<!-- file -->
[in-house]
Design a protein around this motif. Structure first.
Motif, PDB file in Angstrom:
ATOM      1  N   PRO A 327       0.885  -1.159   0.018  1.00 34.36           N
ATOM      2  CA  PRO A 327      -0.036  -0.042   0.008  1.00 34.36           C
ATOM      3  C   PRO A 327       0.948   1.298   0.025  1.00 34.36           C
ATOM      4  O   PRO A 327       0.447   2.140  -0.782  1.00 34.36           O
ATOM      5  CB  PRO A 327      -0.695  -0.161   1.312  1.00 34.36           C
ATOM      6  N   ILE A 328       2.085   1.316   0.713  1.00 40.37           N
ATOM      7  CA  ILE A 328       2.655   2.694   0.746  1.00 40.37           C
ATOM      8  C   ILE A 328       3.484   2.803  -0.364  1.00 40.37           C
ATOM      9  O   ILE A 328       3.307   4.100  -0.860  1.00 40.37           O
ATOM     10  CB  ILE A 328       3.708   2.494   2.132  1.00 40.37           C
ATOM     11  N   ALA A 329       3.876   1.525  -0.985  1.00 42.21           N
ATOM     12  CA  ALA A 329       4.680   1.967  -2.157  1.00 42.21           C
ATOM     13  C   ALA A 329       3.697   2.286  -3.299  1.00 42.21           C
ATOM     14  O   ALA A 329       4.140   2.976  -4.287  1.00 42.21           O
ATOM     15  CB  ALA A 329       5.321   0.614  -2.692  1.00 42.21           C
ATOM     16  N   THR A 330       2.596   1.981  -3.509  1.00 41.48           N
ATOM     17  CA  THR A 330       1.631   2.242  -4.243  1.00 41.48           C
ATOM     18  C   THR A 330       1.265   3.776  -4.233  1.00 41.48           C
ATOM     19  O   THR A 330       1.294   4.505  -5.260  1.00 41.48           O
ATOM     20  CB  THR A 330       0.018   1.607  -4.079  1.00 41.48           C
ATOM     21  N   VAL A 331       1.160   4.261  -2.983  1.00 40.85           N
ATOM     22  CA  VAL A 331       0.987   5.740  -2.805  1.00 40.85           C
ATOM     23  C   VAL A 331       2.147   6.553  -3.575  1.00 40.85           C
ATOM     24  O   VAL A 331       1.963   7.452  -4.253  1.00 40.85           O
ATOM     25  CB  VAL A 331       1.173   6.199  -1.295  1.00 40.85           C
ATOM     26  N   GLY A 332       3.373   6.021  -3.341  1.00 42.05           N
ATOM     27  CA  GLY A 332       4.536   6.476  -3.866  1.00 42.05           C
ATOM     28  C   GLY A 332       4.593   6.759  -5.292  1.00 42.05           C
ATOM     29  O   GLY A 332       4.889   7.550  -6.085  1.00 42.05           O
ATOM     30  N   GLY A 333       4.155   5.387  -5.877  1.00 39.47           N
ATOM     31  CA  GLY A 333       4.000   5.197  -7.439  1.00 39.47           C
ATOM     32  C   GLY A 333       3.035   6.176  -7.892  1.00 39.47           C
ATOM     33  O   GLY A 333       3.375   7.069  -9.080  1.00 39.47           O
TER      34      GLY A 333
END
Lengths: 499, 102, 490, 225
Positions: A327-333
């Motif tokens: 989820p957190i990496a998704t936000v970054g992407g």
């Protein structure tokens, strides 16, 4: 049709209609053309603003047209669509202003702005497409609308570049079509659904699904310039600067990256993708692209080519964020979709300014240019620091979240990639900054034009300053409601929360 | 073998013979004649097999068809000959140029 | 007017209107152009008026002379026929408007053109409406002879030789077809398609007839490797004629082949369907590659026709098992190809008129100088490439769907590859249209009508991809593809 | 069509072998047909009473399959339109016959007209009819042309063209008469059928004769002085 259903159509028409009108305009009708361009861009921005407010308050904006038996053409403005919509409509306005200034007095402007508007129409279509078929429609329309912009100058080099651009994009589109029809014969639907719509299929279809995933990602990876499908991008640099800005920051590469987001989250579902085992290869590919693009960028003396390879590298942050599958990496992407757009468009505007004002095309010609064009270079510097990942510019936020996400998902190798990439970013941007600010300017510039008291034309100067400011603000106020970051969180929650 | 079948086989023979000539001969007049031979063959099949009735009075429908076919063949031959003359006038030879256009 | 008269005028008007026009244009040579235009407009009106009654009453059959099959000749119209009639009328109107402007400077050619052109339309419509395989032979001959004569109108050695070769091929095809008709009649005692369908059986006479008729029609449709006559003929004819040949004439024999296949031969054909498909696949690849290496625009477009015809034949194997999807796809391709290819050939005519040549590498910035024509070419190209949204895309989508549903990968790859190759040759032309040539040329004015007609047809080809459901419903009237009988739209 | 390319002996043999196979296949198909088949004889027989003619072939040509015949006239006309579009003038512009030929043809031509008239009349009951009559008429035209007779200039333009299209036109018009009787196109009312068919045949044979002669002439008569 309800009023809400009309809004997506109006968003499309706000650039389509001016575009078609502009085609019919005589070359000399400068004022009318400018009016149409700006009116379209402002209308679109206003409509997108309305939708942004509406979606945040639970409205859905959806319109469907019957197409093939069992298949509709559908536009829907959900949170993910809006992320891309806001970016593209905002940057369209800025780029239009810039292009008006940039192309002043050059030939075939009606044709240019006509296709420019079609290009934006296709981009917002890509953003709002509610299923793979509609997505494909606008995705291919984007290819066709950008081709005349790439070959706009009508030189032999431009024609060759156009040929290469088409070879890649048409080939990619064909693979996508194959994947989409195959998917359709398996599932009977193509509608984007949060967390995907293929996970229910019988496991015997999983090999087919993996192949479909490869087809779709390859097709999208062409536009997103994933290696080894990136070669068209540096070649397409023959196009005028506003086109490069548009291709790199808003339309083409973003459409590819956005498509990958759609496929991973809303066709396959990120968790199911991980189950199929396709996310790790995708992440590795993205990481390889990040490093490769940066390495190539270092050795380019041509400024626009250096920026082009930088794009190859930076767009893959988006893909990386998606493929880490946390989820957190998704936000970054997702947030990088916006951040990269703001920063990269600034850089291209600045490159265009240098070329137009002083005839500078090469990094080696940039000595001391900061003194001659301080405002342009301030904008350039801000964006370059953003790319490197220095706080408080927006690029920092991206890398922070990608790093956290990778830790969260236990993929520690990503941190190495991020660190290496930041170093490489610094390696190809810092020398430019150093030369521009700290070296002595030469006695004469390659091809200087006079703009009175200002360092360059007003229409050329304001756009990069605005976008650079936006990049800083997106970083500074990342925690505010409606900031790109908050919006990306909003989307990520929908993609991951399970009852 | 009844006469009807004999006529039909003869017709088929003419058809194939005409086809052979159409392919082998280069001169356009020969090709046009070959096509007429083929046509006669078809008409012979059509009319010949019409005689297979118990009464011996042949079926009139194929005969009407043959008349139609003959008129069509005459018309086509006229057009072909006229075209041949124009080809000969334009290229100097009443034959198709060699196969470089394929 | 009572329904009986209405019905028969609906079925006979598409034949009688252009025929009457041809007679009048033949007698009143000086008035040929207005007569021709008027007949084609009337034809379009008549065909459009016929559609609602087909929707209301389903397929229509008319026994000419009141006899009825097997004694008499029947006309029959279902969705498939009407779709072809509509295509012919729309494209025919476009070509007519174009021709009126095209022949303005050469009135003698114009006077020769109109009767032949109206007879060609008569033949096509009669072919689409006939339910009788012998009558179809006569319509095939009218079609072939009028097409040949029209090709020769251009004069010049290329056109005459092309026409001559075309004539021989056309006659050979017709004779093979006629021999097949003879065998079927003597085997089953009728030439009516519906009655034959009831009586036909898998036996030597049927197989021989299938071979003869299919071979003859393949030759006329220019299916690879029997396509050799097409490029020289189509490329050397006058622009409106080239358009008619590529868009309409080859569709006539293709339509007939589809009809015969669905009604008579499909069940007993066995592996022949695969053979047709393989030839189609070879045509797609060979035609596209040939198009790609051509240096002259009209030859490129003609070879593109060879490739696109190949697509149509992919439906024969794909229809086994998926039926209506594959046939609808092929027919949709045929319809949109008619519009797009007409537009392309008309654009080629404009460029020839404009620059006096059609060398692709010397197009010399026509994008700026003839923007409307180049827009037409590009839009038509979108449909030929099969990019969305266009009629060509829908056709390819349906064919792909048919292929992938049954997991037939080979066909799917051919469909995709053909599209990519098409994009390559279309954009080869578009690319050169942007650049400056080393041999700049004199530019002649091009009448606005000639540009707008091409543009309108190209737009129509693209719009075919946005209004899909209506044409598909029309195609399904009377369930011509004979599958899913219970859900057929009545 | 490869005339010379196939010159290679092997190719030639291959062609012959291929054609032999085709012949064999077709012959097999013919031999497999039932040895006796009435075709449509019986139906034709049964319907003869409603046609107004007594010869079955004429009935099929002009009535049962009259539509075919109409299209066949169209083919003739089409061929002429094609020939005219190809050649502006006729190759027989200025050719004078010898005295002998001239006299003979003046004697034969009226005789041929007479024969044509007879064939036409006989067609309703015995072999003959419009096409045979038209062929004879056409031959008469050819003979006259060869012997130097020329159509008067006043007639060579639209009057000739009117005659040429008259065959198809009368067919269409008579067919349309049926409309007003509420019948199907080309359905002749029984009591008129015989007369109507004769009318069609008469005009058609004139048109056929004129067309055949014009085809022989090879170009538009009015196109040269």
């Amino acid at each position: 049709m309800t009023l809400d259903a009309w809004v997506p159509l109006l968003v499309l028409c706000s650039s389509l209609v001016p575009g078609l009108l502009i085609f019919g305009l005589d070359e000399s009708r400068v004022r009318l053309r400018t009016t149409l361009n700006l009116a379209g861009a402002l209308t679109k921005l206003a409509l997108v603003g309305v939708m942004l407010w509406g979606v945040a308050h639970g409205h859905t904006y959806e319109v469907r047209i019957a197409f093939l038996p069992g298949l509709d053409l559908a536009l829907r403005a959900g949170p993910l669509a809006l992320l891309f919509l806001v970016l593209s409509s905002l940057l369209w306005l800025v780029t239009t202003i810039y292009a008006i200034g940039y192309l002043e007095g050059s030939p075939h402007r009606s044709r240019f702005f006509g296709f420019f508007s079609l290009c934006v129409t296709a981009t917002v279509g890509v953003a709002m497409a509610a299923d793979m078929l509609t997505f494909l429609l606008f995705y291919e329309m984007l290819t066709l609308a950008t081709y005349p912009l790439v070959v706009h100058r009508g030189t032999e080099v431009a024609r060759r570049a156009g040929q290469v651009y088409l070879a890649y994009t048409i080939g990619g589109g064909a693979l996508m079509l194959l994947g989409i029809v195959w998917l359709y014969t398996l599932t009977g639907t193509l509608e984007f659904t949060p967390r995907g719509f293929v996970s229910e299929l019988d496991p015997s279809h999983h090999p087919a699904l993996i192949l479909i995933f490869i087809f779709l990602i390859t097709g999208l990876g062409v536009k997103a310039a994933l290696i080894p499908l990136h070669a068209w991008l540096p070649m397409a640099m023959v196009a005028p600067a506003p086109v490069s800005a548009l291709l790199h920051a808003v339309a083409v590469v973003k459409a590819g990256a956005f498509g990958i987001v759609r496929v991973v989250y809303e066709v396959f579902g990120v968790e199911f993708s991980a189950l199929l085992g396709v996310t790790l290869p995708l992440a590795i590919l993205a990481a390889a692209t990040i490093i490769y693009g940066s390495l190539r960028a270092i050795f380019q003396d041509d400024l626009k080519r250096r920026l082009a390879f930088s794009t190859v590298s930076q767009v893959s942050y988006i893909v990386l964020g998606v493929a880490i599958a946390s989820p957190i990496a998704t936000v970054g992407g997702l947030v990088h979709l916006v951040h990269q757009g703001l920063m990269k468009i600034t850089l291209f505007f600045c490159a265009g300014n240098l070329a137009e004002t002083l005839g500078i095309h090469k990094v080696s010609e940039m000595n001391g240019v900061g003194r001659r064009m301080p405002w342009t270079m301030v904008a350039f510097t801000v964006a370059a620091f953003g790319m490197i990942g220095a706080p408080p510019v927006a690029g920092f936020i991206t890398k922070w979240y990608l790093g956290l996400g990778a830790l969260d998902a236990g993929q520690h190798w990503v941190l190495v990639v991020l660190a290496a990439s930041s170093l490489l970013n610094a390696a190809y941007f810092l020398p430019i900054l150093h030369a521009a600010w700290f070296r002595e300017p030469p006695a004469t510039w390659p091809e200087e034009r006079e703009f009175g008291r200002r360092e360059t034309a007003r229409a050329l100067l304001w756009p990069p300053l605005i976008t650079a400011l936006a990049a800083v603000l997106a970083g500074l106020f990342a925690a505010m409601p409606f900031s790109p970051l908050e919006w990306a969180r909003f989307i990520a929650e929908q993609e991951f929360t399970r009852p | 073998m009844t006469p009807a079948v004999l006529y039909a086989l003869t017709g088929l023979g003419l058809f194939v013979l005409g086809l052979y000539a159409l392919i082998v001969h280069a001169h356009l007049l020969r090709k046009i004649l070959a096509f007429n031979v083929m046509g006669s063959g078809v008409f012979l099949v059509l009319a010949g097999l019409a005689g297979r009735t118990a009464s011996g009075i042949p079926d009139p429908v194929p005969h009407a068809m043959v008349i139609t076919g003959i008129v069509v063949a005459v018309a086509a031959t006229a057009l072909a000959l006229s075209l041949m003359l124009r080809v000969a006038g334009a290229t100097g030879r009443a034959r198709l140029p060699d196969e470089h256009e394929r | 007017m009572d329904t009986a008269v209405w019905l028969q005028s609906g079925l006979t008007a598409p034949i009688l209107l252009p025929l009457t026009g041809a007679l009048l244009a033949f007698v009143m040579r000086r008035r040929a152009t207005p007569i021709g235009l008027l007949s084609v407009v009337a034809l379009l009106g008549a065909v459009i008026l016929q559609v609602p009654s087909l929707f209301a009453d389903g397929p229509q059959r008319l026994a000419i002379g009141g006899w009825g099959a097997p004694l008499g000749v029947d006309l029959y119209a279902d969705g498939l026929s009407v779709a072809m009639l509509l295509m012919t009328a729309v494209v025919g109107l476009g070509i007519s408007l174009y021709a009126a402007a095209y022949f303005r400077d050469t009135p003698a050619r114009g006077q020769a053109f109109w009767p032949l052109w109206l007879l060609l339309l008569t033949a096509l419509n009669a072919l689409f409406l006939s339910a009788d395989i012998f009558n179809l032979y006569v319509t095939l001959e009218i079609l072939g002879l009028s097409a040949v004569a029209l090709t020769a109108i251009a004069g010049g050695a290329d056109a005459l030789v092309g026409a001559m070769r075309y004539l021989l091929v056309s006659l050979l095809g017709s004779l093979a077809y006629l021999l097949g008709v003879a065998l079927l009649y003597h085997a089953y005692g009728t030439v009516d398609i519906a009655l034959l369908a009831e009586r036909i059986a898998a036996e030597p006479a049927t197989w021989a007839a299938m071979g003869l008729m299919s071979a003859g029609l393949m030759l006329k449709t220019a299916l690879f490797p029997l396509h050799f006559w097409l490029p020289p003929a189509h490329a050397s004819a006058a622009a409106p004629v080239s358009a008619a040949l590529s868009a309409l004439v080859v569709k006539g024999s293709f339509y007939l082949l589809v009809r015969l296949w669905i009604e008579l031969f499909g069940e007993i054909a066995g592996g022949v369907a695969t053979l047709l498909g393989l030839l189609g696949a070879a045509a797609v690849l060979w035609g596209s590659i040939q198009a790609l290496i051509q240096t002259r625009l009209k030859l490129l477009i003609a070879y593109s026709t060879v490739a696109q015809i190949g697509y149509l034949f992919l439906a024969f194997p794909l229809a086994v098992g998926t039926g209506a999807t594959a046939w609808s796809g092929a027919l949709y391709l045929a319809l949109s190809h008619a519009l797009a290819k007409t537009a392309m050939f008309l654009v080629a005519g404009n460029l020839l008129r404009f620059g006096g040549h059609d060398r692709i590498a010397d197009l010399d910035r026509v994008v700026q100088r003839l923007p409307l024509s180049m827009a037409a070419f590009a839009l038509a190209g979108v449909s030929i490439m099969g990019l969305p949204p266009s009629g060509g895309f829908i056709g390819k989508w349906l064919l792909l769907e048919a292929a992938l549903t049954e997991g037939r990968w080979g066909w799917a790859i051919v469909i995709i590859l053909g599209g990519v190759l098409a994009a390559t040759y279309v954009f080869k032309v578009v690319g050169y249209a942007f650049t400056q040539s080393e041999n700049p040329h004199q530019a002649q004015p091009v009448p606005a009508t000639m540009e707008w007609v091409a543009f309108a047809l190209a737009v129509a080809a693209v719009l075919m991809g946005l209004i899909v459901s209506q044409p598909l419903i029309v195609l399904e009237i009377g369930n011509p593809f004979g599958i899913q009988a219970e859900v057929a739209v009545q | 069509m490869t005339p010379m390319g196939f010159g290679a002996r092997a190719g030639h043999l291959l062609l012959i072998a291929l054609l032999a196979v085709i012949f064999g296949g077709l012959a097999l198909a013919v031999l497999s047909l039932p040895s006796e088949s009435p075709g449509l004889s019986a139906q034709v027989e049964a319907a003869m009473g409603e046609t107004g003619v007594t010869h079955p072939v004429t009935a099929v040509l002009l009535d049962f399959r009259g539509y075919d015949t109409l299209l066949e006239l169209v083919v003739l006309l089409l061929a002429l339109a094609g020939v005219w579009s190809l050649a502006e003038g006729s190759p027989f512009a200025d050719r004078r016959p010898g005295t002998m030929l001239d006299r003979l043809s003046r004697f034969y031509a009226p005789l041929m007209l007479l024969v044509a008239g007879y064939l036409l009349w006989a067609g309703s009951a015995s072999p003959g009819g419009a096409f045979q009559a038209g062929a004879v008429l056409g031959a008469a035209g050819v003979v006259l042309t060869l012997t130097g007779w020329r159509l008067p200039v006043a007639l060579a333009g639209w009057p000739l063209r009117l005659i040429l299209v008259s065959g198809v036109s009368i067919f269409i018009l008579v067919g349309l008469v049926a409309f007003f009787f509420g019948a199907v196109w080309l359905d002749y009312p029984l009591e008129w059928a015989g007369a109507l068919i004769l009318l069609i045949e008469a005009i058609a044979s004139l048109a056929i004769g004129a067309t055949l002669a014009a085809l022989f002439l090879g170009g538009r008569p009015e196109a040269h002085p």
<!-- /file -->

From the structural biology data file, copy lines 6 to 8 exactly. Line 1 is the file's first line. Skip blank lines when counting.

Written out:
ATOM      3  C   PRO A 327       0.948   1.298   0.025  1.00 34.36           C
ATOM      4  O   PRO A 327       0.447   2.140  -0.782  1.00 34.36           O
ATOM      5  CB  PRO A 327      -0.695  -0.161   1.312  1.00 34.36           C